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Gaining HEA Senior Fellowship recognition and the value of being an assessor

In the HEA Fellowship blog, we’re continuing to measure the impact that HEA Fellowship has on teaching practices, on students and on the practices and approaches of peers. We’ve also asked for some suggestions when teaching/supporting learning online!

In this post, Desiree Cranfield, from the School of Management discusses her HEA Senior Fellowship recognition (SFHEA), with pointers to the impact on her practice that has arisen by her being an assessor on Swansea’s Experiential route:

Being an assessor has been an eye opener … inspiring me to think of other innovative approaches as I read and assess the submissions.

Desiree Cranfield, SFHEA, School of Management

My name is Desiree Cranfield. I am a South African-British academic, have been resident in the UK for 18 years, and have been an academic for more than 19 years.

Gaining the Senior Fellowship (SFHEA) is a public demonstration of one’s commitment to teaching, learning and the student experience.  It is a reflective description of one’s commitment to teaching and learning and the student. Secondly, it provides formal recognition that is used within one’s progression and career trajectory

I found that the standards (UKPSF, 2011) provide one with a framework for practice, to ensure that one is maintaining the standards required to ensure a good level of teaching and learning, creating an environment for students that is conducive to learning.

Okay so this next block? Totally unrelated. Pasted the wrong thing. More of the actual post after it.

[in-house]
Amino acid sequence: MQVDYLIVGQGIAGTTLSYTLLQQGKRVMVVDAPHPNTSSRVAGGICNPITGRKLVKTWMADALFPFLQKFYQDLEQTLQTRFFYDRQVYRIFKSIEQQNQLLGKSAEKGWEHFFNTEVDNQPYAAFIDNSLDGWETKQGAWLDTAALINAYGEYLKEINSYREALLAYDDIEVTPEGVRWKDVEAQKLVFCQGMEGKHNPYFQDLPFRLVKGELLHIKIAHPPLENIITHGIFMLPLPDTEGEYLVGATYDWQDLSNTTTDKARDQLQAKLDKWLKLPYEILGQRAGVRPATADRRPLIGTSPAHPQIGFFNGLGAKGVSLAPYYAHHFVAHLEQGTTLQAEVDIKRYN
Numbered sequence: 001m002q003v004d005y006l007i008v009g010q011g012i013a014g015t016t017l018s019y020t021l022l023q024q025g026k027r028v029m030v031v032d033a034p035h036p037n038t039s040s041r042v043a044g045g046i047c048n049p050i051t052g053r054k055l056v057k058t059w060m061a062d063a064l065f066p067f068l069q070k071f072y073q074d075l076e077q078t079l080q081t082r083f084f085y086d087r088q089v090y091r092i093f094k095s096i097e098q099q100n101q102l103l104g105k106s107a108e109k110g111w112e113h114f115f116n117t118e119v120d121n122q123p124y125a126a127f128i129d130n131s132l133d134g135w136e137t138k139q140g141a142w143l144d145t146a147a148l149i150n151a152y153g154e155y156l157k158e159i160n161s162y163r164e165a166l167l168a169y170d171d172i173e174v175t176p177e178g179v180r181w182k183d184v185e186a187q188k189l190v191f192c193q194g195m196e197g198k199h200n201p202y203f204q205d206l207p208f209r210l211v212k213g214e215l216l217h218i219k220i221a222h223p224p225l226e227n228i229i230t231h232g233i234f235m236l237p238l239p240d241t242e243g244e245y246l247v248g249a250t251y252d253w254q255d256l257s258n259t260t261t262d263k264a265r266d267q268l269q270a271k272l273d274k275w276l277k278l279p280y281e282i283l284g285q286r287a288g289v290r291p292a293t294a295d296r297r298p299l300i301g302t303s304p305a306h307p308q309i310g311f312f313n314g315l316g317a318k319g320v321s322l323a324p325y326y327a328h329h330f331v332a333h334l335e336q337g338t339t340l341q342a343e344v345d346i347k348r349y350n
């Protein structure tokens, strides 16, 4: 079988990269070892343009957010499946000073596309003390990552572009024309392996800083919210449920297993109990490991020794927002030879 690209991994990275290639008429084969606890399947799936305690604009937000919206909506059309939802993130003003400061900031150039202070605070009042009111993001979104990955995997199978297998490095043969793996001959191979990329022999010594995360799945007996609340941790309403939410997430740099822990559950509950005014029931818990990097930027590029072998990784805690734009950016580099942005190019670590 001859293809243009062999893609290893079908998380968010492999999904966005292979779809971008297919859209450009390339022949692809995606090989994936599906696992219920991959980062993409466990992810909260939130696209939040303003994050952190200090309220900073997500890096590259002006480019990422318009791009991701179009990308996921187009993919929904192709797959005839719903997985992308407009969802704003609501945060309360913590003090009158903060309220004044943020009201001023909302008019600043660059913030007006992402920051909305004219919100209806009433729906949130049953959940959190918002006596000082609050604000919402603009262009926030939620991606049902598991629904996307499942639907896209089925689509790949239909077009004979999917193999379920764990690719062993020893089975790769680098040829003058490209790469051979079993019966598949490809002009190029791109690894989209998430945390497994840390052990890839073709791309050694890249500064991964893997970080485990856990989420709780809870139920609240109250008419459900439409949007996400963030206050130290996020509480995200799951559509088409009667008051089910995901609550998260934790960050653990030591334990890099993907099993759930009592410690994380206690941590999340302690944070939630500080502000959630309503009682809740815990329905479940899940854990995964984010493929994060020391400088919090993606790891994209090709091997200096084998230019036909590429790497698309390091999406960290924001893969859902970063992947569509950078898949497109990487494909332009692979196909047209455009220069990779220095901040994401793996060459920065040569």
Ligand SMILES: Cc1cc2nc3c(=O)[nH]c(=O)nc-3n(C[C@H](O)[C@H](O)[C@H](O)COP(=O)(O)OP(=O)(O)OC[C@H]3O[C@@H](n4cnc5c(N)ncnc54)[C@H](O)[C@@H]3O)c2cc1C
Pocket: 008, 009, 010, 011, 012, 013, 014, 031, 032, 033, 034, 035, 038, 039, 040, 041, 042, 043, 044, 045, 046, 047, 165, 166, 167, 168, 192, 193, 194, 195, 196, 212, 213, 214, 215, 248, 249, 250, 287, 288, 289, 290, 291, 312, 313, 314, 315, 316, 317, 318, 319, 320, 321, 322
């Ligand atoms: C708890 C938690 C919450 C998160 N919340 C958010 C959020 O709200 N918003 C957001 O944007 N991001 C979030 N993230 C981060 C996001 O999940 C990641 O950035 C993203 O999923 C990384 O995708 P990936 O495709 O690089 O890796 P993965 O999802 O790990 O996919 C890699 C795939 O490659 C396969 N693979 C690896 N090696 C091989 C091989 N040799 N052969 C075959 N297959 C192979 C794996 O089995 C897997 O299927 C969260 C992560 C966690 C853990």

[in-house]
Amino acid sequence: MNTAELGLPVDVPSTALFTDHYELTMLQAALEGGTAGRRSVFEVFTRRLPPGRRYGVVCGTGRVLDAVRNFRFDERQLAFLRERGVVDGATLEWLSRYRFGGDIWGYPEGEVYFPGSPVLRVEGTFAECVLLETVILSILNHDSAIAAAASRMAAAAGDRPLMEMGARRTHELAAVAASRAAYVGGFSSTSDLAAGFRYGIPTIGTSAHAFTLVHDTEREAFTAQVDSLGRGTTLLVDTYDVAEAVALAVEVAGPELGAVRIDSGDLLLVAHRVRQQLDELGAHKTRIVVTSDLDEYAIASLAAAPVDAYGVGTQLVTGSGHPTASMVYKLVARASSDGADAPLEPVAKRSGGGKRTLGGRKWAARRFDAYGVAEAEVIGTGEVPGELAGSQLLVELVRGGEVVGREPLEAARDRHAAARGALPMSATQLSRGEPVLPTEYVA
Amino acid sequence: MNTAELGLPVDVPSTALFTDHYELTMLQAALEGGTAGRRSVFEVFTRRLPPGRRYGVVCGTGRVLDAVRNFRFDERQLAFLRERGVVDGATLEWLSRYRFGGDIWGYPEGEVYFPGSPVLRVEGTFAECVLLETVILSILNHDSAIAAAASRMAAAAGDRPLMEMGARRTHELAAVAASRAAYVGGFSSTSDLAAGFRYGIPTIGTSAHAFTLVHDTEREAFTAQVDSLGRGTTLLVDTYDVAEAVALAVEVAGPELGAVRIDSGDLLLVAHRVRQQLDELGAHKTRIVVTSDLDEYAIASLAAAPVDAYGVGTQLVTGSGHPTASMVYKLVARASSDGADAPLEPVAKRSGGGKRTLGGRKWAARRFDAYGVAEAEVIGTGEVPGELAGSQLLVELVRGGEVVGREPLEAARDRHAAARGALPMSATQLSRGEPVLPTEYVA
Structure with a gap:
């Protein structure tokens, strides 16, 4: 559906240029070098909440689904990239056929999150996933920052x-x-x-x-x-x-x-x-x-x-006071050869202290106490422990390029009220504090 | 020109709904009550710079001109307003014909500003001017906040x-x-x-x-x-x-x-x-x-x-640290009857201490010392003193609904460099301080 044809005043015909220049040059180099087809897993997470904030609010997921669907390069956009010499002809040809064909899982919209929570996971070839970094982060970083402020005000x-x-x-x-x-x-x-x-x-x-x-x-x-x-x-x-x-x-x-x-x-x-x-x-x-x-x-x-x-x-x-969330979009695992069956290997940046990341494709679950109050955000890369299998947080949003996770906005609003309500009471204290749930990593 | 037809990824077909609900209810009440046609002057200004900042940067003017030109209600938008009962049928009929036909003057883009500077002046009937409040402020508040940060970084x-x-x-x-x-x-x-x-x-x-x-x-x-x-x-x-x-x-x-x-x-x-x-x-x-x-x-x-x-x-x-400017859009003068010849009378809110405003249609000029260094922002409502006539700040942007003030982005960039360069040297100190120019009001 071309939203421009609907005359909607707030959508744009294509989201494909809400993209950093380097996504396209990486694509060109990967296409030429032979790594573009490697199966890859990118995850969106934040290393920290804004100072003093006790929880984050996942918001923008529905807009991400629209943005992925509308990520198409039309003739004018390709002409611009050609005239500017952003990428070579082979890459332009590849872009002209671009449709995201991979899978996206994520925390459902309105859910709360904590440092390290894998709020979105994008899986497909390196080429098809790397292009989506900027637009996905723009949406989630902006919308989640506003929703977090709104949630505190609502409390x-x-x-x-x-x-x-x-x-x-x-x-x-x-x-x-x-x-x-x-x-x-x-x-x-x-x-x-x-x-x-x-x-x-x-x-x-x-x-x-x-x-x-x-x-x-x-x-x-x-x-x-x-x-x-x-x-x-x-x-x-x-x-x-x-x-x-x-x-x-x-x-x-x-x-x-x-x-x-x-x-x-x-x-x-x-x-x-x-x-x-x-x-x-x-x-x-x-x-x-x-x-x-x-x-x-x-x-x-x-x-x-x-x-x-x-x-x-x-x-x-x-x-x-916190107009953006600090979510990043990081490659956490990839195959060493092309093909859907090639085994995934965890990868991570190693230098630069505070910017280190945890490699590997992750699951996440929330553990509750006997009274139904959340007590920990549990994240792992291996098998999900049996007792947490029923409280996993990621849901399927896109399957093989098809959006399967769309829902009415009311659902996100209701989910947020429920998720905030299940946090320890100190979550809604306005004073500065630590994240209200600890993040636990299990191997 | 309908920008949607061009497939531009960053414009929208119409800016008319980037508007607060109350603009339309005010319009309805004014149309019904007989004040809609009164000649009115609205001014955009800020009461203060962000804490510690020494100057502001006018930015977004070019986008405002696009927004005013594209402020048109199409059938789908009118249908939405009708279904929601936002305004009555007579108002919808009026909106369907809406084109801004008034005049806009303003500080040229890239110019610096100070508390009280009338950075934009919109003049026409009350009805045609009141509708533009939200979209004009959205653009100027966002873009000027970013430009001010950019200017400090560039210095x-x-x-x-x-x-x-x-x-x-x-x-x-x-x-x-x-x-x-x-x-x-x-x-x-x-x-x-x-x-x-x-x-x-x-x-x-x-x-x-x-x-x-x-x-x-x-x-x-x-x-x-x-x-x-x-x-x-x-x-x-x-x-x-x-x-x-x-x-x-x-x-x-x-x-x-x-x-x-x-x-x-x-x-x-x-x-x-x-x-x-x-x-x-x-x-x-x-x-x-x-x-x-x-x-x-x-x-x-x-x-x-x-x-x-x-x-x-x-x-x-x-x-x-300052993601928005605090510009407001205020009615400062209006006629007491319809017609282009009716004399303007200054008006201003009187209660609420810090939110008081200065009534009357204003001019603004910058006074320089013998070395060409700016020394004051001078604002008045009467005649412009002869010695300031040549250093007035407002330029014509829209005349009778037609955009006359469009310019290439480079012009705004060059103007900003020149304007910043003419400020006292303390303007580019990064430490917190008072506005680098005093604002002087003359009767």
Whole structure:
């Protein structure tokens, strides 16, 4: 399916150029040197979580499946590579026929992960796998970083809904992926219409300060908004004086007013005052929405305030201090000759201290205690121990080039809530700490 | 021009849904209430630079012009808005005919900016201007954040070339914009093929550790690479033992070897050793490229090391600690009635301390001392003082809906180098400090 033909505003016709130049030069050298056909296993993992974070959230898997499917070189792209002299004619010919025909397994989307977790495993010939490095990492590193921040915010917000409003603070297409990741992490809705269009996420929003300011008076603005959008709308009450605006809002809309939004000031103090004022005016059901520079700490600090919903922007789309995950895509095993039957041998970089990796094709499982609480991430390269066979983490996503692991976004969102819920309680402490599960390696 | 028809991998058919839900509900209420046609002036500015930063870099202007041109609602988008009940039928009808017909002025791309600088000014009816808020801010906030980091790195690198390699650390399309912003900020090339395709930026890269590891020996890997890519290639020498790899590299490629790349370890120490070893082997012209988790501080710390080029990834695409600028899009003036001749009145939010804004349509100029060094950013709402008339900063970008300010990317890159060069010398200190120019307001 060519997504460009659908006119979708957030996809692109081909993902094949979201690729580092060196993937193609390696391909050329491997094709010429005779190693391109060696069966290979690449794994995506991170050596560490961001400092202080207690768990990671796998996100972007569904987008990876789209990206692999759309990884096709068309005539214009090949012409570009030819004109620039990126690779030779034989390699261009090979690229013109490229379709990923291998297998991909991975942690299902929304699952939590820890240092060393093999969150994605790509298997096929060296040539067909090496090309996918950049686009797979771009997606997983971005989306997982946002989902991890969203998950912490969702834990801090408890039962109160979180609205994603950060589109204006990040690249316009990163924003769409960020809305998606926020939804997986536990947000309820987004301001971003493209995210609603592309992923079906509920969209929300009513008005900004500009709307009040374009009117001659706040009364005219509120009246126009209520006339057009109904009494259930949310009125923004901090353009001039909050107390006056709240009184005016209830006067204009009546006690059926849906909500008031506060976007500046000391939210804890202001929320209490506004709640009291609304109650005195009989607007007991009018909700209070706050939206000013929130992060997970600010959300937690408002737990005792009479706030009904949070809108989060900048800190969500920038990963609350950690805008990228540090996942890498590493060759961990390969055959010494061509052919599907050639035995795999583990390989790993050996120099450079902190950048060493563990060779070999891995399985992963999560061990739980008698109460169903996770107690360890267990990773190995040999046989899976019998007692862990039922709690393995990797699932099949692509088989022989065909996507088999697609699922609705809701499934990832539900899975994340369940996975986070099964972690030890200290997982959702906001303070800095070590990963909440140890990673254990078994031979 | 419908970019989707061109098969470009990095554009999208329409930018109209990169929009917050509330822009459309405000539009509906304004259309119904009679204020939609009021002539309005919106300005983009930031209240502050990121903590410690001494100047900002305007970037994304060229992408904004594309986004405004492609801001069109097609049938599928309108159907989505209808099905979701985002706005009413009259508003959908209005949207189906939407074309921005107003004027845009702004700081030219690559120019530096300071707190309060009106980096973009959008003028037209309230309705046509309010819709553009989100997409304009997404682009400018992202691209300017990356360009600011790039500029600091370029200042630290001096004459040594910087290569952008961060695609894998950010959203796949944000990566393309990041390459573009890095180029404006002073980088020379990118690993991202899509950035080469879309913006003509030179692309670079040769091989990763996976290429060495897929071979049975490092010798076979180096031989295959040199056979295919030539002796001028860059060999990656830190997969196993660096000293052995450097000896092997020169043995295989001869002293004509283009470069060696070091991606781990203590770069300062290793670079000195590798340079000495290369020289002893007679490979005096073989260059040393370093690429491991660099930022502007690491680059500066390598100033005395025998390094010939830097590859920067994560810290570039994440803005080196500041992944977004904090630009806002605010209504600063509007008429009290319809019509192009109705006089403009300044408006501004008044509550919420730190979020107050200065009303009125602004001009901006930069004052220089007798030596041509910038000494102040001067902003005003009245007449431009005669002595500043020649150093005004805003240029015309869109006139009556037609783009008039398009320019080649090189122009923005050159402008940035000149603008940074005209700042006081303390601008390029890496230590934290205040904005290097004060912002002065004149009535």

During the pandemic I found myself developing more resources than required to ensure that students were receiving a good number and scope of content.  I was able to adapt and include several of these into my face to face lessons, and using the recordings of additional work as optional to support the face to face lectures.

Being an assessor has been an eye opener, enabling me to visit the frameworks more often, as well as inspiring me to think of other innovative approaches as I read and assess the submissions.

I found that undertaking the SFHEA provided me with the space to reflect on myself as an academic, which I thoroughly enjoyed and valued the time to do that.  Often surprising myself by the comments and reflections.  Once I achieved the SFHEA, first time around without the need for amendments, I did have a sense of validation, especially when one’s value at times is not visible enough.  This validation is such a blessing as it provides one with a sense of confidence.

My words of advice for anyone wanting to start the process is, just do it! However, give yourself enough time to honestly and reflectively provide an account of your journey as an academic.  The whole process is cathartic, and enlightening, and you should undertake it because you want to value the benefits it brings.

My Fellowship tips:

  1. Start early, schedule enough time to complete it to a high standard.
  2. Know up front that it is a reflective journey, so be prepared for the emotional reflection that will inevitably come with it.
  3. Don’t be hesitant to let others read your submission, only give it to persons you trust. This will enable you to receive feedback on your tone, and content and writing, which I found exceptionally valuable.

For Further Details

Visit SALT’s webpages for details of the internally accredited programme leading to Associate, Fellow or Senior Fellow and for links to Principal Fellow resources.

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